Wednesday, January 30, 2013

The Many Trails Symbol and a pdf about the "Folk Art" of Wisconsin Indians

Richard March of the Wisconsin Arts Board (now retired) developed an apprenticeship progran in the mid-1980's that facitated the process of passing along traditional skills also known as folk art.

March and Janet Gilmore proceeded to develop what might be called a pamphlet, now accessible online as a pdf.  The full title is

WOODLAND WAYS: Folk Arts Apprenticeships Among Wisconsin Indians 1983-1993

This blog tends to focus on the Stockbridge Mohicans and the creator of that tribe's "Many Trails" symbol, Edwin Martin, is one of the featured artists.

If you're a Stockbridge Mohican, you already know that the Many Trails symbol has been reproduced in pendants, rings and earrings. (In my web searches for a good pic of the Many Trails symbol I've also seen it as a large tattoo on a woman's back.)  These were depicted in Woodland Ways:

Here's Martin's description of the symbol that he created:
The design symbolizes the endurance, strength, and hope of a long-suffering, proud, and determined people.  The curved shape represents the arms of a man raised in prayer.  the circles represent many campfires.  The lines represent the many trails taken from the time the Indians left their ancestral homes.

There are also a lot of other good artists featured in the Woodland Ways pdf:


Wednesday, January 9, 2013

Appenoose Declines Mission Opportunity

It may come as a surprise to many, but the Stockbridge Mohicans were such devout Christians that they initiated a mission trip to their fellow Algonkians, the Sauk and Fox (aka Sac and Fox) Indians.  At that time, 1834, the Sauk and Fox Indians were living in Iowa and along the western edge of northern Illinois.  Due to their lack of funds, the Stockbridge Mohicans asked the mission society that supported their church, the ABCFM (American Board of Commissioners for Foreign Missions) to help pay for the trip.  They also asked if a missionary could accompany them.  

Not surprisingly, the ABCFM liked the idea and they instructed the Stockbridges' missionary, Cutting Marsh, to make the trip.  The Stockbridges were living at Statesburg back then (present-day Kaukauna, Wisconsin), so the delegation took a birch-bark canoe up the Fox River, then portaged onto the Wisconsin River which they took down to the Mississippi.  From there they traveled by steamboat, horse and maybe again by canoe.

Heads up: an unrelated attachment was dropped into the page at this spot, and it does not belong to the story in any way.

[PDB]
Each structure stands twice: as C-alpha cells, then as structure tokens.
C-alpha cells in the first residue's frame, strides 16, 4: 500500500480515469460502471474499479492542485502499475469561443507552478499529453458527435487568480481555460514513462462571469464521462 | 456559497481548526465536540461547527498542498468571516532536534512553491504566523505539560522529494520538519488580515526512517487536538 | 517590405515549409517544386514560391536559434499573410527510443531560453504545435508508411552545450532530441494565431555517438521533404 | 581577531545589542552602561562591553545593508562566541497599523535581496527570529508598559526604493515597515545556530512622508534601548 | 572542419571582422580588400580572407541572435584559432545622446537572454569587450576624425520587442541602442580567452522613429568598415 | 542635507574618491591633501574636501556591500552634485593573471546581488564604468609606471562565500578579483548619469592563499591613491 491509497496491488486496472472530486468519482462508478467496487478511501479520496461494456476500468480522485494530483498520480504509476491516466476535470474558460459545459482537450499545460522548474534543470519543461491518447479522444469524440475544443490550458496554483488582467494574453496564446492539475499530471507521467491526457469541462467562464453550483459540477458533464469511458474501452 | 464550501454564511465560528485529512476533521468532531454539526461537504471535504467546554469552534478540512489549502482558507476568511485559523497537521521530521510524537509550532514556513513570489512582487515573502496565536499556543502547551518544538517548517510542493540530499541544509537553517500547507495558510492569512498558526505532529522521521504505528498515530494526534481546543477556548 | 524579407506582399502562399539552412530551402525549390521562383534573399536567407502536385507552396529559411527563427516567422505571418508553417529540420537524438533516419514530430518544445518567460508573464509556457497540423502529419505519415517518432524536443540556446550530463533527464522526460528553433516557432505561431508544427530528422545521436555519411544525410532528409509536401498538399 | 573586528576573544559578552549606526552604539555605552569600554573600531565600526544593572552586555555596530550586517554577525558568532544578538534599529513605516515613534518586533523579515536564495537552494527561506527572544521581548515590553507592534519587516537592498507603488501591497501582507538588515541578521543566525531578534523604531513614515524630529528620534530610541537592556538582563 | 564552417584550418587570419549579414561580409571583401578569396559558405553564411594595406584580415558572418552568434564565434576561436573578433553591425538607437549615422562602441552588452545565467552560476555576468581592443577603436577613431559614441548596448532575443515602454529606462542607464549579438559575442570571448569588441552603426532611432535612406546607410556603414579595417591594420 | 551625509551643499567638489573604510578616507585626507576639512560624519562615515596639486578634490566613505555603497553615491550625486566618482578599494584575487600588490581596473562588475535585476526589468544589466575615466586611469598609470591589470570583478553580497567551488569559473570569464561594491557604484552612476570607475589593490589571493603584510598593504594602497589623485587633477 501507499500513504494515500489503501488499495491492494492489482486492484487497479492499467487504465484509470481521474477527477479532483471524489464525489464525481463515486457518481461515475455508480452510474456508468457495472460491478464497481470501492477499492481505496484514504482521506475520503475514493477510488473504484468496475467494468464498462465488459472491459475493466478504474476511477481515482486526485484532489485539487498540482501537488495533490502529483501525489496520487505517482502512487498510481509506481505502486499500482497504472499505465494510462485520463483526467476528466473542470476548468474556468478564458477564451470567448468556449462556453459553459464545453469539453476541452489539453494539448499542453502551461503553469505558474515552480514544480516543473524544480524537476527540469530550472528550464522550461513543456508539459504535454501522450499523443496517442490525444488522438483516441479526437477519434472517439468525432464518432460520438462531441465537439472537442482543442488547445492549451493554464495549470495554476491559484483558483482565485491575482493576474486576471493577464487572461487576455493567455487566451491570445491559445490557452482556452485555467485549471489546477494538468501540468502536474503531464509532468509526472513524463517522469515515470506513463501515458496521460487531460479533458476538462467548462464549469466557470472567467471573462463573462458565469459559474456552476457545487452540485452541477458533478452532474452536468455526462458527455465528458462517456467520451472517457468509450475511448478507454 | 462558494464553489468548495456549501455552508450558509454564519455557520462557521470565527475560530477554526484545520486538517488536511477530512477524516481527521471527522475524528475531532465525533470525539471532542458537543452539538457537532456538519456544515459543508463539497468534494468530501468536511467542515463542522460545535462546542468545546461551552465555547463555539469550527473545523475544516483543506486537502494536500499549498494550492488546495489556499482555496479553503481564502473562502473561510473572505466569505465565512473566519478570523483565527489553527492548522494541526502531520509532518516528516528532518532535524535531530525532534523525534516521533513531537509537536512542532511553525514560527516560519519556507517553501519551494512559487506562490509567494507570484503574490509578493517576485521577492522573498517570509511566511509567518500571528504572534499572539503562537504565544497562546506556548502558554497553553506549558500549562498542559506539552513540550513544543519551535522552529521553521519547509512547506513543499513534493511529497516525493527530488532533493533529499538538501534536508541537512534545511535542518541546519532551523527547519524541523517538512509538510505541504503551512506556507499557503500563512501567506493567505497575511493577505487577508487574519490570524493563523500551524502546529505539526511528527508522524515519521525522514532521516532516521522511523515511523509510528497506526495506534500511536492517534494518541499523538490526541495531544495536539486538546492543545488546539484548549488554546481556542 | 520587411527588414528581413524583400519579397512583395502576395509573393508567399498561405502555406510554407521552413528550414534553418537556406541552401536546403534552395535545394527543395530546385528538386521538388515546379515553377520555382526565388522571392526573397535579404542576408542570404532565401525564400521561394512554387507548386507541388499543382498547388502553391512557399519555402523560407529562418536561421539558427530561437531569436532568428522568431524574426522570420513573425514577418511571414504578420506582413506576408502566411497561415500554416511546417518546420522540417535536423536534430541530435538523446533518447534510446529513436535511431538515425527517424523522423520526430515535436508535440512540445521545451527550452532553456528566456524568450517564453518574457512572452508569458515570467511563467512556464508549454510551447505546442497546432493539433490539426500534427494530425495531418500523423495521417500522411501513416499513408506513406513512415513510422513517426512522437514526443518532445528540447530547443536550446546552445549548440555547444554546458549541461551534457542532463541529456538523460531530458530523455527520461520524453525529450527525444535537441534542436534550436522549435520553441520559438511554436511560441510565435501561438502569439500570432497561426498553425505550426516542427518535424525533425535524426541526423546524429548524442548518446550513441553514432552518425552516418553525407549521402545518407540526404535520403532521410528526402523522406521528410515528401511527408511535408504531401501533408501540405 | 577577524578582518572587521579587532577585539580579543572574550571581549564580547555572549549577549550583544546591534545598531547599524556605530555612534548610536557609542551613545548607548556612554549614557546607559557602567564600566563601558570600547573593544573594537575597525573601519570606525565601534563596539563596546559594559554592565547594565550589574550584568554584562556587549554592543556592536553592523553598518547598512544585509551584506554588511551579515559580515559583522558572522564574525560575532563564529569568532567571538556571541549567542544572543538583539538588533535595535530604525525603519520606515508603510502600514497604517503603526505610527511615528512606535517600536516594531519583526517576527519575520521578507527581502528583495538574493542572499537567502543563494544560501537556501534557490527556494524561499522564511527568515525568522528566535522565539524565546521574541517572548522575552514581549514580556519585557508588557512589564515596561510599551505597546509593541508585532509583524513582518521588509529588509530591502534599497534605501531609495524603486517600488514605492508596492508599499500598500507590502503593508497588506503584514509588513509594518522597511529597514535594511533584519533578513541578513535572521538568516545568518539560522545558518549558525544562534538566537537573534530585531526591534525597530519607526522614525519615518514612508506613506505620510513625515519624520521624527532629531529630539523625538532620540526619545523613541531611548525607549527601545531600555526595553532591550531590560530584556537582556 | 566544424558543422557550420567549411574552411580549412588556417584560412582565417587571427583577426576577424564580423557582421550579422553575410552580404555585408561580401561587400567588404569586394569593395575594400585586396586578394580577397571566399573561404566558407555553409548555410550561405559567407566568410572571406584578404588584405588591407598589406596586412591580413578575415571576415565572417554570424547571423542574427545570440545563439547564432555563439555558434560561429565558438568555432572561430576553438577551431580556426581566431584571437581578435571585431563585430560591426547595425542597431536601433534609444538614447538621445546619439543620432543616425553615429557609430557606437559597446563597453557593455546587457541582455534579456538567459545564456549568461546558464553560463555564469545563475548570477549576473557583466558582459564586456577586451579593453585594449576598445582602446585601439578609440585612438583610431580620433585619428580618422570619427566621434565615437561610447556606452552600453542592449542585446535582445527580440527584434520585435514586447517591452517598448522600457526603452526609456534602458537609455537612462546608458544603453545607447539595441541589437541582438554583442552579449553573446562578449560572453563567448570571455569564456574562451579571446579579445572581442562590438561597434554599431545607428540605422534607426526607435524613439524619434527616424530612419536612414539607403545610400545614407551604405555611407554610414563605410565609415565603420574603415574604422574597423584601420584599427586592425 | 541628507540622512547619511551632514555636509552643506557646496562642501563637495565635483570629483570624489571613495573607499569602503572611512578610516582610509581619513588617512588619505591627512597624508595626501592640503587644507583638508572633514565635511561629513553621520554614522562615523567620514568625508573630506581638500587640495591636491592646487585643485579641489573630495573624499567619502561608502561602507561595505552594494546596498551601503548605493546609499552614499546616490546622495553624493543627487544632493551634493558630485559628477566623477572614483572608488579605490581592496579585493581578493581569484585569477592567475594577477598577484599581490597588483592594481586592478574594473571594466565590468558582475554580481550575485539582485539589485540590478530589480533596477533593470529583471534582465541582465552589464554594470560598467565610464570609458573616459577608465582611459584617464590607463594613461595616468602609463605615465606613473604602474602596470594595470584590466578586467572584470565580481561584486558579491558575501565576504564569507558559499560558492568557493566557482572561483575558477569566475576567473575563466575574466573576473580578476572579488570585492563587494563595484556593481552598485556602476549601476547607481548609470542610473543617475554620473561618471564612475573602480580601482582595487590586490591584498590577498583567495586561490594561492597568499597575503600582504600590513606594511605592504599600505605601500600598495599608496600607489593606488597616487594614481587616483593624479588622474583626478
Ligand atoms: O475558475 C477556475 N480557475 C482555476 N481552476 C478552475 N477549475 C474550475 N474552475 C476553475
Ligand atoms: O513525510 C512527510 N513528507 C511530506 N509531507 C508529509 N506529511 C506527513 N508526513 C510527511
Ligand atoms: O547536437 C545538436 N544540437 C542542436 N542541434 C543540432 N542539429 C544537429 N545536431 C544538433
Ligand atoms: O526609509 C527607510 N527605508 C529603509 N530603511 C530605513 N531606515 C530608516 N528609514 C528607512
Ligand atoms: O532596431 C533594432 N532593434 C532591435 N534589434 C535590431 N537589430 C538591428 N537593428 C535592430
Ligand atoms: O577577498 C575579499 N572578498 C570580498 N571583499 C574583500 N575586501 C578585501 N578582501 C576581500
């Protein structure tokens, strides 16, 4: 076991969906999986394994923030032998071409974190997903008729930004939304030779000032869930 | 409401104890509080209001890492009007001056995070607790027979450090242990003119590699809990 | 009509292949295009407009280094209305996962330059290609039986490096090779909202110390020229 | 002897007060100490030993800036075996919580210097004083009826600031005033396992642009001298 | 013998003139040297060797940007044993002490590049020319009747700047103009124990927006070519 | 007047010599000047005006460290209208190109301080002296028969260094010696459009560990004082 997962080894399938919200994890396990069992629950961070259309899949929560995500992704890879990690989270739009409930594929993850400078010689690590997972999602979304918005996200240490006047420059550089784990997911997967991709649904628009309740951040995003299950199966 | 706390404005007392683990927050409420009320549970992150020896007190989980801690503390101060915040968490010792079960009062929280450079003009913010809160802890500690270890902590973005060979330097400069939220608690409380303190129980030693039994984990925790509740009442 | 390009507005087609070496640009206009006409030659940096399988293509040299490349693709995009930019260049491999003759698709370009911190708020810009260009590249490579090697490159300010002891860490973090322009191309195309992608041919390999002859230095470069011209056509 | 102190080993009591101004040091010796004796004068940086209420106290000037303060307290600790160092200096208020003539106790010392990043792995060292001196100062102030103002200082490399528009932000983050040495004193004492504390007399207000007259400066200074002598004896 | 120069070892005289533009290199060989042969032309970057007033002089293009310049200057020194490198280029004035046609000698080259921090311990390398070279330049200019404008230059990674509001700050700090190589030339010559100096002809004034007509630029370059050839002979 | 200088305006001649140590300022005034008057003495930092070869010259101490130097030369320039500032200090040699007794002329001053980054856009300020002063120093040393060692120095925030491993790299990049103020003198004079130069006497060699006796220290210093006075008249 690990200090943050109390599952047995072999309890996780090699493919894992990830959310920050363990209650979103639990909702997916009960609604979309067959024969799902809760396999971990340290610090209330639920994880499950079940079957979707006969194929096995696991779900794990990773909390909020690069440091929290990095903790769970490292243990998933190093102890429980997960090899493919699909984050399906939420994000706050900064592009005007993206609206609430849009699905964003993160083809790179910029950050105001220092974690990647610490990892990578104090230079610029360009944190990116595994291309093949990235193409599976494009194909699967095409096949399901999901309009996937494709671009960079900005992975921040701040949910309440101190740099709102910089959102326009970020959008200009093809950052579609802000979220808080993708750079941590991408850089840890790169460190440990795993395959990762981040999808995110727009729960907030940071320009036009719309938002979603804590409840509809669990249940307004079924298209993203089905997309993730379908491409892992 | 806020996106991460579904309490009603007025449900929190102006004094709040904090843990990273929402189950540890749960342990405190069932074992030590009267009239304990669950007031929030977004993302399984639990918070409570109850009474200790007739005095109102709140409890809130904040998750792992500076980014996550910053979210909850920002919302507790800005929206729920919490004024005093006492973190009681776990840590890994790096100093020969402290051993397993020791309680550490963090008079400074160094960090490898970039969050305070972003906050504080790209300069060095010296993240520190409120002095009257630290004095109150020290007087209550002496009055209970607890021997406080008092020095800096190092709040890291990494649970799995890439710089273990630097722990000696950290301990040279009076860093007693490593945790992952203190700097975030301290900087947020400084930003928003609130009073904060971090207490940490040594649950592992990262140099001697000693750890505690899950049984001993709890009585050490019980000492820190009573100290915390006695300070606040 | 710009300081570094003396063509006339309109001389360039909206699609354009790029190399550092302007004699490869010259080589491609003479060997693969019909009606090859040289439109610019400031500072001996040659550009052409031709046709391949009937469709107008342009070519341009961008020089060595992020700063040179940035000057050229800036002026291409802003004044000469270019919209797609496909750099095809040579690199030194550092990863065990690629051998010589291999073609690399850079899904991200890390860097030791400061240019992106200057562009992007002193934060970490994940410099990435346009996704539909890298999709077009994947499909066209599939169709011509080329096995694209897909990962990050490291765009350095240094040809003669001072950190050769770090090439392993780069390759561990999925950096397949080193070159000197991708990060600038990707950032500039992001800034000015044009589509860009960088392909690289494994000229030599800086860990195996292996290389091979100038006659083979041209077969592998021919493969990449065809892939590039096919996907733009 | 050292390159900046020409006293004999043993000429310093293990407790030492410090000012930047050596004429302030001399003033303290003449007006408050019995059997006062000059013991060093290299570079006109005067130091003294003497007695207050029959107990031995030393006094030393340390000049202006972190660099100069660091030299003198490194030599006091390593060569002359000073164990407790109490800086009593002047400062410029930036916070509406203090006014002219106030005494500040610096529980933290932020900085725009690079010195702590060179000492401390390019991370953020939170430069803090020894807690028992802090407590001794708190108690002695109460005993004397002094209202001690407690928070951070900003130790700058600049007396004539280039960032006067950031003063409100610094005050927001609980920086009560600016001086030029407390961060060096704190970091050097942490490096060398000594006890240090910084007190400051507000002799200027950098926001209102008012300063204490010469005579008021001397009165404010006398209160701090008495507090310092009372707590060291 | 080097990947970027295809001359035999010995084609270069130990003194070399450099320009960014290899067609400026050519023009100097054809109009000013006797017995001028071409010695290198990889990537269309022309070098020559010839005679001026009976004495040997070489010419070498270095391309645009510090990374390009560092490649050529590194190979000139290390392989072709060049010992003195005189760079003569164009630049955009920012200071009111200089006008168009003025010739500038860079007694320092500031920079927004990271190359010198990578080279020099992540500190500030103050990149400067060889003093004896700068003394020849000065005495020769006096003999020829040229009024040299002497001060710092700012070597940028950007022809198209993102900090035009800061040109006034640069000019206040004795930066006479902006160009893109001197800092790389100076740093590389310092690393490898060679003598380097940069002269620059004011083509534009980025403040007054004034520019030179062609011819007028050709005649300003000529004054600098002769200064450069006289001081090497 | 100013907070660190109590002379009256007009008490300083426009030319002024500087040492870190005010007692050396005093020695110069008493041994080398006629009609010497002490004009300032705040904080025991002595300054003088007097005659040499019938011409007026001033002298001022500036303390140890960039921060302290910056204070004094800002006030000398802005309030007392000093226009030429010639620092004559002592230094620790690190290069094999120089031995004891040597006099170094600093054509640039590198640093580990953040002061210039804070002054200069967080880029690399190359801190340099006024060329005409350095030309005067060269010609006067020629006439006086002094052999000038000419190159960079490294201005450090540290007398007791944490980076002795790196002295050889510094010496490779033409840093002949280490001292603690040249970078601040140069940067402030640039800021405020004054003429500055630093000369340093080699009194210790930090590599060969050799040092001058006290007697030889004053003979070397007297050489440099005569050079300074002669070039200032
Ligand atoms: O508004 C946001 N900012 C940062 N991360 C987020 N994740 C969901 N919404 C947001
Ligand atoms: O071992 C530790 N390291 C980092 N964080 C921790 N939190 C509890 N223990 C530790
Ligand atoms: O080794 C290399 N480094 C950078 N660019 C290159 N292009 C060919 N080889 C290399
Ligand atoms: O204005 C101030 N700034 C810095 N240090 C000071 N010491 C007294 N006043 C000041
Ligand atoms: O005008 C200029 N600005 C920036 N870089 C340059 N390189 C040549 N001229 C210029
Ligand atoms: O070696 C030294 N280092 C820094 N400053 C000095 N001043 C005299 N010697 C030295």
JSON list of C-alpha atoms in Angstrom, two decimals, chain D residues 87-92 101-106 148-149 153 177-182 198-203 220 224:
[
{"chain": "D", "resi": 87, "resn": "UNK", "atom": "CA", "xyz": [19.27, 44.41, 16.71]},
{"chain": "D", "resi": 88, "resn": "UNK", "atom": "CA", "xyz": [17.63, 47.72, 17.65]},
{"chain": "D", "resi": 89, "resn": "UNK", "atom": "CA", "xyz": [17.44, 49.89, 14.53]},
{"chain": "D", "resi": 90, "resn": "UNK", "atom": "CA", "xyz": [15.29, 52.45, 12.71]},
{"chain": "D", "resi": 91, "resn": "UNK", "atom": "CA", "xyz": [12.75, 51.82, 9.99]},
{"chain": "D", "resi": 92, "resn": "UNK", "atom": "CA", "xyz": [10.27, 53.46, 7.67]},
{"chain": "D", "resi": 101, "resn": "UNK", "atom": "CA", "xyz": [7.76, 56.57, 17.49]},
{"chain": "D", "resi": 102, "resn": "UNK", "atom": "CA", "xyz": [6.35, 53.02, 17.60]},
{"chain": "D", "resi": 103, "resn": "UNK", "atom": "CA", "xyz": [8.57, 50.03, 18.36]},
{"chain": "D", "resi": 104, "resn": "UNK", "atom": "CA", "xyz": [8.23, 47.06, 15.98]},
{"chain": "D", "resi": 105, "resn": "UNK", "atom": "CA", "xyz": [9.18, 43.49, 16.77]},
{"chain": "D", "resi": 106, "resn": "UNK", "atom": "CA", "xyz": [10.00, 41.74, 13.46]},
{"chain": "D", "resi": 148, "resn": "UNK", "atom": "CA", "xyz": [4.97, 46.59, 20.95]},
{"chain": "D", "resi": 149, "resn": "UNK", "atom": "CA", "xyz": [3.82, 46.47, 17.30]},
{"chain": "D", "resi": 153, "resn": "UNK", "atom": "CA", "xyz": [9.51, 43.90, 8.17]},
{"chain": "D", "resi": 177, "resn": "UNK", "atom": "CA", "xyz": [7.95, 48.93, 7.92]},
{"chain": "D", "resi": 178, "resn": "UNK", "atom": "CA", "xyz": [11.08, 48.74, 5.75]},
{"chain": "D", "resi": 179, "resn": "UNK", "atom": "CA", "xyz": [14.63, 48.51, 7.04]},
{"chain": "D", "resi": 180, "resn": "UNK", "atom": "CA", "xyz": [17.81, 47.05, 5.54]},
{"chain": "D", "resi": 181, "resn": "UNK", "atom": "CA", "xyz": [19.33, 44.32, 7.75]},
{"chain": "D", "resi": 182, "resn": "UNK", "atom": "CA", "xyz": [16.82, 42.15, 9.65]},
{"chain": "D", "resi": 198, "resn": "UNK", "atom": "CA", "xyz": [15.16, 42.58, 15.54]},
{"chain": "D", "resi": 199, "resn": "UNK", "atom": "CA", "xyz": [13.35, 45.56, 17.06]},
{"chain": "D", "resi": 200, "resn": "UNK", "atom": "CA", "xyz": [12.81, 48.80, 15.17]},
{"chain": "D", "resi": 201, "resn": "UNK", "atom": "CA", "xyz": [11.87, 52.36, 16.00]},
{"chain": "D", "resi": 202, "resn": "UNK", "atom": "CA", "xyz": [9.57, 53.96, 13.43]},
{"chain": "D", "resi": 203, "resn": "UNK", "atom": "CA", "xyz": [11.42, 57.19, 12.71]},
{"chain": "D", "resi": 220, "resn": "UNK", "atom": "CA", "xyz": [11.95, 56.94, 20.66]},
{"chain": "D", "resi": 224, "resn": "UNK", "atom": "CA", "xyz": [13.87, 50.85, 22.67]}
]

The record we have of the mission trip comes from Cutting Marsh's journals.  He unfortunately didn't have much to say about the four Stockbridge Mohicans that traveled with him.  Nevertheless, Marsh's descriptions make for a rather good read.

Even better - I think - is the summary of the trip written by Marsh's biographer, Roger Nichols.  Nichols' re-telling of Marsh's attempts to get the Sauk Chief Appenoose to bring Christianity and "civilization" to his people is worth quoting at length.

After a week, Appenoose agreed to confer with [Marsh] on August 7.  They had already talked informally about the possibility of establishing a school or mission, and the chief seemed interested.  His apparent cooperation caused Marsh to become very optimistic, but their planned meeting was never held.  That afternoon an Indian trader brought several kegs of whiskey to the village and in a few hours all was badlam.  The chief, as well as most of the tribe became drunk and Marsh lost this opportunity.  He retired early, complained bitterly about the lack of dependability among the Indians, and blamed the white men who brought whiskey to the village.....

The following morning Marsh and Appenoose conferred about the establishment of a school at the village.  They were unable to reach an agreement, partly because the chief was suffering from the effects of his drunken spree.....the Indians managed to treat Marsh with some courtesy and still, in effect, refuse his offer.
Nichols tells us that Marsh did some preaching and persuading over the next two days but made little headway and, feeling sorry for himself, he went into the woods to be alone.  Nichols continues:

While [Marsh] was gone the traders brought another canoe with whiskey, and the merriment began again.  Marsh was disgusted by the drunken revelry and savage yelling in the village, and remained away until late in the evening.